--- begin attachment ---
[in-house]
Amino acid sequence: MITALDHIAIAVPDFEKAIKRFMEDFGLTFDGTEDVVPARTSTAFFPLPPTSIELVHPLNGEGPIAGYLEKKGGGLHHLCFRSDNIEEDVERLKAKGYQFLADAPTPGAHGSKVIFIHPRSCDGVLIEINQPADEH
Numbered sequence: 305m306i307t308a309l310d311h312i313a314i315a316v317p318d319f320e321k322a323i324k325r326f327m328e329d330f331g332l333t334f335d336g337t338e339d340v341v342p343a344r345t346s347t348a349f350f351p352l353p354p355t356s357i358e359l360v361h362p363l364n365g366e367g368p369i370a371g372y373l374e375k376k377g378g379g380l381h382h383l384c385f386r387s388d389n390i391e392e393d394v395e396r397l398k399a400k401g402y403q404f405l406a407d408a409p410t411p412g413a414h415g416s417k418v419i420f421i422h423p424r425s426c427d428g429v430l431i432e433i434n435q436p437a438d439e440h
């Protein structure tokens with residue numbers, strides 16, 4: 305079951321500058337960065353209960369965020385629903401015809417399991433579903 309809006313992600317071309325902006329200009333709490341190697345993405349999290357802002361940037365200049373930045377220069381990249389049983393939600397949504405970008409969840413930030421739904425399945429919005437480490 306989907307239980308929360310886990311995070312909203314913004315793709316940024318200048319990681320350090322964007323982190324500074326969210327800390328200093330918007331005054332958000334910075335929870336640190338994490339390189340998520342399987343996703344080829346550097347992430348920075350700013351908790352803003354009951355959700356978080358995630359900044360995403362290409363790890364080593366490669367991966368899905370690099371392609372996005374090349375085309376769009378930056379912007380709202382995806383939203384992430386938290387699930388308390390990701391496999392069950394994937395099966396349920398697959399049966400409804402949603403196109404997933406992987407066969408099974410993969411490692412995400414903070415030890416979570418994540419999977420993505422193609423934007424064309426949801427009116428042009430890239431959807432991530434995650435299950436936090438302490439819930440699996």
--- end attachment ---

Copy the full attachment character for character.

[in-house]
Amino acid sequence: MITALDHIAIAVPDFEKAIKRFMEDFGLTFDGTEDVVPARTSTAFFPLPPTSIELVHPLNGEGPIAGYLEKKGGGLHHLCFRSDNIEEDVERLKAKGYQFLADAPTPGAHGSKVIFIHPRSCDGVLIEINQPADEH
Numbered sequence: 305m306i307t308a309l310d311h312i313a314i315a316v317p318d319f320e321k322a323i324k325r326f327m328e329d330f331g332l333t334f335d336g337t338e339d340v341v342p343a344r345t346s347t348a349f350f351p352l353p354p355t356s357i358e359l360v361h362p363l364n365g366e367g368p369i370a371g372y373l374e375k376k377g378g379g380l381h382h383l384c385f386r387s388d389n390i391e392e393d394v395e396r397l398k399a400k401g402y403q404f405l406a407d408a409p410t411p412g413a414h415g416s417k418v419i420f421i422h423p424r425s426c427d428g429v430l431i432e433i434n435q436p437a438d439e440h
């Protein structure tokens with residue numbers, strides 16, 4: 305079951321500058337960065353209960369965020385629903401015809417399991433579903 309809006313992600317071309325902006329200009333709490341190697345993405349999290357802002361940037365200049373930045377220069381990249389049983393939600397949504405970008409969840413930030421739904425399945429919005437480490 306989907307239980308929360310886990311995070312909203314913004315793709316940024318200048319990681320350090322964007323982190324500074326969210327800390328200093330918007331005054332958000334910075335929870336640190338994490339390189340998520342399987343996703344080829346550097347992430348920075350700013351908790352803003354009951355959700356978080358995630359900044360995403362290409363790890364080593366490669367991966368899905370690099371392609372996005374090349375085309376769009378930056379912007380709202382995806383939203384992430386938290387699930388308390390990701391496999392069950394994937395099966396349920398697959399049966400409804402949603403196109404997933406992987407066969408099974410993969411490692412995400414903070415030890416979570418994540419999977420993505422193609423934007424064309426949801427009116428042009430890239431959807432991530434995650435299950436936090438302490439819930440699996």